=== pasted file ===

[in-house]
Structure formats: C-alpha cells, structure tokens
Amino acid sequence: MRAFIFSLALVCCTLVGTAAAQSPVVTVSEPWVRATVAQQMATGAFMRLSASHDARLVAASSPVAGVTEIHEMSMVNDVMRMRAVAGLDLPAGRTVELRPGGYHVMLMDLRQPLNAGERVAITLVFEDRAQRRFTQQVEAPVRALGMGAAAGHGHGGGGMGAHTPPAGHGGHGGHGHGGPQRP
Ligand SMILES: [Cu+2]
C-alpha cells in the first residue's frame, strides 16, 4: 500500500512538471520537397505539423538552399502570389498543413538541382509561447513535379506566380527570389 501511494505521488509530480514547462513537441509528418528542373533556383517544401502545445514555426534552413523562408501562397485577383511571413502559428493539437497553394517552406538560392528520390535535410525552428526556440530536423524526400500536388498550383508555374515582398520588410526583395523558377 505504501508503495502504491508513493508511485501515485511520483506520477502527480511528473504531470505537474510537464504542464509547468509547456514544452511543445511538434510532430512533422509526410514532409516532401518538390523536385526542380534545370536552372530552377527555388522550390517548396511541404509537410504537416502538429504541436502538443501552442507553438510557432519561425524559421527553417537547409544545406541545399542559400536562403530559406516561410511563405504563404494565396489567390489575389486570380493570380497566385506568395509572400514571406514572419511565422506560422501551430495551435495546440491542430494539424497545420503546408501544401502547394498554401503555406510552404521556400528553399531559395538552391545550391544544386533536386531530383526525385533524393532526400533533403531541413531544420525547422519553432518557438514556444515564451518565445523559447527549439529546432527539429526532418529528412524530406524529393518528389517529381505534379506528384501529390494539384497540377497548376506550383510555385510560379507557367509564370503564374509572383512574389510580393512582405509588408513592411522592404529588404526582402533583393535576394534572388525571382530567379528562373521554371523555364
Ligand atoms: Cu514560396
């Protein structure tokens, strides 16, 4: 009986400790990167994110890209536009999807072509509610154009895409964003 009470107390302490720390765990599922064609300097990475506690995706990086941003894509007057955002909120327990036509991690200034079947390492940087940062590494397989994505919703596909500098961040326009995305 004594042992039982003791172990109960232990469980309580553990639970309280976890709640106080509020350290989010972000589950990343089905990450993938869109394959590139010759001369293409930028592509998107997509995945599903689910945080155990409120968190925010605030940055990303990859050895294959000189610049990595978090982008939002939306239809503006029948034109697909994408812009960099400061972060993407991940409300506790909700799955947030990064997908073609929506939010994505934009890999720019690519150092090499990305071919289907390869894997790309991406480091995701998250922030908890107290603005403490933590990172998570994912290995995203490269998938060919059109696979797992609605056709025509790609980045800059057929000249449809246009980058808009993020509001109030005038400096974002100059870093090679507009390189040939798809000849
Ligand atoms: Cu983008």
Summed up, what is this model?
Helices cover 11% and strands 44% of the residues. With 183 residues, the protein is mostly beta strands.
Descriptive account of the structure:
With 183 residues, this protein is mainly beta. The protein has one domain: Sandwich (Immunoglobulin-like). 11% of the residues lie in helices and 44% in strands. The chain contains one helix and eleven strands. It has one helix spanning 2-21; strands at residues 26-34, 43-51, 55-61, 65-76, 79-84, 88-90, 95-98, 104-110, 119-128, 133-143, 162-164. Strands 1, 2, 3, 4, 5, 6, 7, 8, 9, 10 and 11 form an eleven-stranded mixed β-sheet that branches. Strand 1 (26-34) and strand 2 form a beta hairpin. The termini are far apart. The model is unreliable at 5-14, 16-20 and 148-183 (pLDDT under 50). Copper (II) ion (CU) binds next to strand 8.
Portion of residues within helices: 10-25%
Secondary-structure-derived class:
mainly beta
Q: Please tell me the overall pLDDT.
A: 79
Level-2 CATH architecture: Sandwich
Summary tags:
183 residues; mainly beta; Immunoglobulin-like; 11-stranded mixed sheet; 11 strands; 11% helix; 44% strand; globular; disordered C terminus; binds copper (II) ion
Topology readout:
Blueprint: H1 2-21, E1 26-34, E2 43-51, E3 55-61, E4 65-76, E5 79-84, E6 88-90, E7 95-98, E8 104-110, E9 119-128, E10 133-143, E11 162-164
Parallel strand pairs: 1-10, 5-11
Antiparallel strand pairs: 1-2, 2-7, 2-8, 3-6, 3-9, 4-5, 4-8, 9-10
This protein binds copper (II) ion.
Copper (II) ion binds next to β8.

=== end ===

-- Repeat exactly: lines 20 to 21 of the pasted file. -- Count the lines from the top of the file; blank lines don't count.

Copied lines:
183 residues; mainly beta; Immunoglobulin-like; 11-stranded mixed sheet; 11 strands; 11% helix; 44% strand; globular; disordered C terminus; binds copper (II) ion
Topology readout: